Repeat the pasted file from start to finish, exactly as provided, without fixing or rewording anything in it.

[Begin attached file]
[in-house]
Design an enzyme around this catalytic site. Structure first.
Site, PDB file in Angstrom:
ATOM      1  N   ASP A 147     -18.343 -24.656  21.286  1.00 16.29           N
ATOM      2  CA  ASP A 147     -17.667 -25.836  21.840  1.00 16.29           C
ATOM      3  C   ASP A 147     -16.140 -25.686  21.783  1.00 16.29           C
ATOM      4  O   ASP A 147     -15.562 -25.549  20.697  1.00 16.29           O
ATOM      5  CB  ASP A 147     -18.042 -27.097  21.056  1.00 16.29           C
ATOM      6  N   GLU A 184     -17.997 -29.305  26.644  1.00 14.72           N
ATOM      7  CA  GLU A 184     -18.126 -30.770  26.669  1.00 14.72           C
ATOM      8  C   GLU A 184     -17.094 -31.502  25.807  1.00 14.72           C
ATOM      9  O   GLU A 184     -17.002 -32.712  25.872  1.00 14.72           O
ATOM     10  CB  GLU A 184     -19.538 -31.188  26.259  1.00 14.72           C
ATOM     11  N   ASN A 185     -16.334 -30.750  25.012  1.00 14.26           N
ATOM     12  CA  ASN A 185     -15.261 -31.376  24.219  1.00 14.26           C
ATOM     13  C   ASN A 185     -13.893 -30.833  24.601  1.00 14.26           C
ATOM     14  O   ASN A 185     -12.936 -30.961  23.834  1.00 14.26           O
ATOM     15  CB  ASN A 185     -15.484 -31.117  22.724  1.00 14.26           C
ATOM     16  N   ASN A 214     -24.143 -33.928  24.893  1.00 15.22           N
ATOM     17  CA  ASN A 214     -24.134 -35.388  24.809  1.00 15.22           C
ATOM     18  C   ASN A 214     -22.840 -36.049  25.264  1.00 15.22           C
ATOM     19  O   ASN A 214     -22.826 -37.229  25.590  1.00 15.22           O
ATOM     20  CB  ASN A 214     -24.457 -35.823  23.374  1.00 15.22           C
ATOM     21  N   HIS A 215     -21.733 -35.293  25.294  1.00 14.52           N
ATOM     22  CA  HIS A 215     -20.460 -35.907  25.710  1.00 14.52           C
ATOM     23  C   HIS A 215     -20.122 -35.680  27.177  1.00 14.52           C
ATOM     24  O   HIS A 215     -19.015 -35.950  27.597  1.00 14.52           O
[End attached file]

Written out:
[in-house]
Design an enzyme around this catalytic site. Structure first.
Site, PDB file in Angstrom:
ATOM      1  N   ASP A 147     -18.343 -24.656  21.286  1.00 16.29           N
ATOM      2  CA  ASP A 147     -17.667 -25.836  21.840  1.00 16.29           C
ATOM      3  C   ASP A 147     -16.140 -25.686  21.783  1.00 16.29           C
ATOM      4  O   ASP A 147     -15.562 -25.549  20.697  1.00 16.29           O
ATOM      5  CB  ASP A 147     -18.042 -27.097  21.056  1.00 16.29           C
ATOM      6  N   GLU A 184     -17.997 -29.305  26.644  1.00 14.72           N
ATOM      7  CA  GLU A 184     -18.126 -30.770  26.669  1.00 14.72           C
ATOM      8  C   GLU A 184     -17.094 -31.502  25.807  1.00 14.72           C
ATOM      9  O   GLU A 184     -17.002 -32.712  25.872  1.00 14.72           O
ATOM     10  CB  GLU A 184     -19.538 -31.188  26.259  1.00 14.72           C
ATOM     11  N   ASN A 185     -16.334 -30.750  25.012  1.00 14.26           N
ATOM     12  CA  ASN A 185     -15.261 -31.376  24.219  1.00 14.26           C
ATOM     13  C   ASN A 185     -13.893 -30.833  24.601  1.00 14.26           C
ATOM     14  O   ASN A 185     -12.936 -30.961  23.834  1.00 14.26           O
ATOM     15  CB  ASN A 185     -15.484 -31.117  22.724  1.00 14.26           C
ATOM     16  N   ASN A 214     -24.143 -33.928  24.893  1.00 15.22           N
ATOM     17  CA  ASN A 214     -24.134 -35.388  24.809  1.00 15.22           C
ATOM     18  C   ASN A 214     -22.840 -36.049  25.264  1.00 15.22           C
ATOM     19  O   ASN A 214     -22.826 -37.229  25.590  1.00 15.22           O
ATOM     20  CB  ASN A 214     -24.457 -35.823  23.374  1.00 15.22           C
ATOM     21  N   HIS A 215     -21.733 -35.293  25.294  1.00 14.52           N
ATOM     22  CA  HIS A 215     -20.460 -35.907  25.710  1.00 14.52           C
ATOM     23  C   HIS A 215     -20.122 -35.680  27.177  1.00 14.52           C
ATOM     24  O   HIS A 215     -19.015 -35.950  27.597  1.00 14.52           O